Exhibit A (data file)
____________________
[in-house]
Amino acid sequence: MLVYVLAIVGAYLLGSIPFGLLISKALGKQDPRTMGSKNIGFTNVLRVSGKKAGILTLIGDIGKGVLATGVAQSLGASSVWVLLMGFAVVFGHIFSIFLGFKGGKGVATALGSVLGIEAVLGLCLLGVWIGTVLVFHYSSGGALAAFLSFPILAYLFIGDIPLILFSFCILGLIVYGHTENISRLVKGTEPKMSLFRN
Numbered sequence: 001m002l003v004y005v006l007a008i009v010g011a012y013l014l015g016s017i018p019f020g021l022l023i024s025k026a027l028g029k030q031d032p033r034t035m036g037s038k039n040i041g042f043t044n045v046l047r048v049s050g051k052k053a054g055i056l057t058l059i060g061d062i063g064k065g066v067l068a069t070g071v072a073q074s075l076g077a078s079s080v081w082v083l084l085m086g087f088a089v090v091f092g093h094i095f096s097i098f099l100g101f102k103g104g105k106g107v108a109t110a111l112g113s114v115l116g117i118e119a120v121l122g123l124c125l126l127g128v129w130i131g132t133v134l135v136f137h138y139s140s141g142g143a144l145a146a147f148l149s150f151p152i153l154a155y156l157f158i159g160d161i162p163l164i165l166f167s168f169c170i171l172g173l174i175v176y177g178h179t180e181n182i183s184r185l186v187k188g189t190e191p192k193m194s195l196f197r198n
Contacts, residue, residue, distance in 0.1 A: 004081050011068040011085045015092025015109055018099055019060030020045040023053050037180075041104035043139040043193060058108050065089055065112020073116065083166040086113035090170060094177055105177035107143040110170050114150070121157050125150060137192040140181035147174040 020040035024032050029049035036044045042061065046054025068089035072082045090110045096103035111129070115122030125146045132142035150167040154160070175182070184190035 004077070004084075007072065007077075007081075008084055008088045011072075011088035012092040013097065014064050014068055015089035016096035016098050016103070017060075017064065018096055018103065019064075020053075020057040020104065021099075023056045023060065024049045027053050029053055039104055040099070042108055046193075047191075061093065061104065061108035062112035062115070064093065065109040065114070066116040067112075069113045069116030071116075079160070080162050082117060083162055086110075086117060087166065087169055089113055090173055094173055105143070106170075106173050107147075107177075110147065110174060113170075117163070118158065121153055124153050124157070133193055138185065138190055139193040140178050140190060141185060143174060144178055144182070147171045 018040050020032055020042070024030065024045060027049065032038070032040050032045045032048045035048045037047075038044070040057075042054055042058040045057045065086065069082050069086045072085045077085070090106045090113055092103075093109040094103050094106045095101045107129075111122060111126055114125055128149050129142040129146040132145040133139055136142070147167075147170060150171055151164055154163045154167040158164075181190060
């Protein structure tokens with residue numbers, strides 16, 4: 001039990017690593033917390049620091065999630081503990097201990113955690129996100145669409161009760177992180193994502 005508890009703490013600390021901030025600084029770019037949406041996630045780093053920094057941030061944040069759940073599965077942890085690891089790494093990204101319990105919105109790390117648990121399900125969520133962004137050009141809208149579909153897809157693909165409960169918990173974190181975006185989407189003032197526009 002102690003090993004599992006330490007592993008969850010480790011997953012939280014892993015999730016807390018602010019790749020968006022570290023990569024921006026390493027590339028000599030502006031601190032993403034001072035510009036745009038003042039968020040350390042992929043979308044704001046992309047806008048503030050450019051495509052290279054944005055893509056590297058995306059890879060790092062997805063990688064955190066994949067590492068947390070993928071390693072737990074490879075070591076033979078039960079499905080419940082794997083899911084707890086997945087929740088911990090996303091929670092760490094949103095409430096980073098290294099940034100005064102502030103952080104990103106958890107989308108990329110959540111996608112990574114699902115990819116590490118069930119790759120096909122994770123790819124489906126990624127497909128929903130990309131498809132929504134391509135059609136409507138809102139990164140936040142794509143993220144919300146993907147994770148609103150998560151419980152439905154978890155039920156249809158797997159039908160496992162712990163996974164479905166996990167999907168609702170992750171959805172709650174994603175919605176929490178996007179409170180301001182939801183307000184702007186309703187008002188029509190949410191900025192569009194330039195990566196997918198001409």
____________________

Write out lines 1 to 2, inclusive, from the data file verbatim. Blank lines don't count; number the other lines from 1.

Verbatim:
[in-house]
Amino acid sequence: MLVYVLAIVGAYLLGSIPFGLLISKALGKQDPRTMGSKNIGFTNVLRVSGKKAGILTLIGDIGKGVLATGVAQSLGASSVWVLLMGFAVVFGHIFSIFLGFKGGKGVATALGSVLGIEAVLGLCLLGVWIGTVLVFHYSSGGALAAFLSFPILAYLFIGDIPLILFSFCILGLIVYGHTENISRLVKGTEPKMSLFRN